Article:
-/+ It uses statistical patterns derived from really big corpora (as we might expect of Google), not computational rules. On the one hand, my inner linguistics nerd is sorta sad. On the other hand, it’s awesomely googly (and more pragmatic/scalable, I’m sure).
However! The library angle I was getting at here is that you can search web sites in other languages. Enter terms in the language you know, and it’ll translate and search. Looks like it will only search one language at a time, and I don’t know how it deals with ambiguous terms, and I’m sure the quality degrades with phrase searches, but this does increase our ability to find all relevant information on a query, and I’m sure the tools will improve with time.
12 December 2009
On the internet, everyone gets their fifteen seconds of fame.
9 December 2009
The biography “Napoleon” by Emil Ludwig recently arrived at Toledo’s main library, with a brief note that read: “I removed this book from your stacks in 1949 and did not check it out. I apologize. It’s an excellent book and in good condition.”
And this, I guess, is why your circ clerks need to have some discretion about fines.
8 December 2009
Amazon loses $2 on every ebook sold?!? This makes exactly as little sense as you’d think.
(h/t Jim Henley, via Google Reader.)
6 December 2009
Blog post at Walking Paper raises the question — what are the best statistics for measuring libraries? Points out that circulation statistics, while heavily used, are limited and limiting.
Not sure what I make of his approach — seems to conflate “statistics you show to the general public” and “statistics you show to oversight bodies” while being biased toward the former — but it’s a good question.
What statistics would you use to measure library performance?
(h/t Librarian in Black)
1 December 2009
Today I’m looking at the web site for the University of Washington Libraries, because they’re one of the first WorldCat Local sites and, I admit, I kinda have a crush on WorldCat. (It’s slick. It’s clean. It has all sorts of augmented content without overwhelming me with it. And…and isn’t my library supposed to be a portal to connect with information, not just the information we happen to have? If my library doesn’t have something, shouldn’t they make it easy for me to find it anyway?)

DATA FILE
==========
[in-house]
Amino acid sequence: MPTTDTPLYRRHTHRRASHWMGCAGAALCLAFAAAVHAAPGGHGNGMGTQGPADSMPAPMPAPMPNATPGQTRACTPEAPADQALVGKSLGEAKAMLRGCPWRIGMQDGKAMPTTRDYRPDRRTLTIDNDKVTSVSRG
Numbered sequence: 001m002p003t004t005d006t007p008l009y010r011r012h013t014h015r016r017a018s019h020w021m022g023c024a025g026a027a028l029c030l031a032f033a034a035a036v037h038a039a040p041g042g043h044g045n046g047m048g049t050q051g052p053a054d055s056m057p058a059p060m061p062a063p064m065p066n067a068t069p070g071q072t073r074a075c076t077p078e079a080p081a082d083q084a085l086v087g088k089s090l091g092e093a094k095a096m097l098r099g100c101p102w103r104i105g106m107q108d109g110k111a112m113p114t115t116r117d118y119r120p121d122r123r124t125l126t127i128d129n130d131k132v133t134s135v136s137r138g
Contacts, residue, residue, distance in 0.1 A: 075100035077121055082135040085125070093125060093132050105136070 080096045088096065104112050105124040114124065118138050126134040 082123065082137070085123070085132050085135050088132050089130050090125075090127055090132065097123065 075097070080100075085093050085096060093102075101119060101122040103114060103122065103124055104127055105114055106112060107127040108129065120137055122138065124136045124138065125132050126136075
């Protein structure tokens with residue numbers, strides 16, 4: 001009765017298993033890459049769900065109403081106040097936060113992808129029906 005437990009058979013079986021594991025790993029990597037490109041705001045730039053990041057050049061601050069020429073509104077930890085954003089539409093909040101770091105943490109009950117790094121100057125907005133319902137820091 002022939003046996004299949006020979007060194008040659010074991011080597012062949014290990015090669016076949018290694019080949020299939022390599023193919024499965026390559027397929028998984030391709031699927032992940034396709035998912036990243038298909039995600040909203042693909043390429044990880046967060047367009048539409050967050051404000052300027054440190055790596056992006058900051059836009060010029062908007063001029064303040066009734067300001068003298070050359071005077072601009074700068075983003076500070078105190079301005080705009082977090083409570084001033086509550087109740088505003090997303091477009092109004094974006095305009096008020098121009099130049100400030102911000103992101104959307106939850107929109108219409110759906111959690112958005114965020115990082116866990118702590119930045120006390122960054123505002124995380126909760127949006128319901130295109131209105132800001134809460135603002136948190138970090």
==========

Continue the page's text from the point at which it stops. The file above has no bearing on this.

So a couple things I am really liking about the UW web site…
Trendy, front-and-center single searchbox gateway to the catalog. Oh, and it’s purple.
Surrounding content, again, copious without being overwhelming. It’s in boxes. Nice clean boxes.
“Shortcuts” is a great title for one of those boxes. Not jargon. Makes it sound like they’ve thought about what people might want to get to quickly, and made it easy. (Hopefully based on some actual usage; no way to tell…)
Obvious access to things everyone cares about, like library hours and how to pay fines (you’d be surprised how hard it can be to find some places’ hours).
Widgets! A whole box full of widgets! Did you know there’s an app on Facebook that will format your bibliographies for you? Genius. And they made widgets so you can embed stuff in your own blog or browser or iGoogle. Beautiful.
And up top, a little “click to talk with a UW librarian” box, with a picture of someone who looks like a central-casting librarian — and completely hilarious hover text. (Unintentionally hilarious? I hope not.)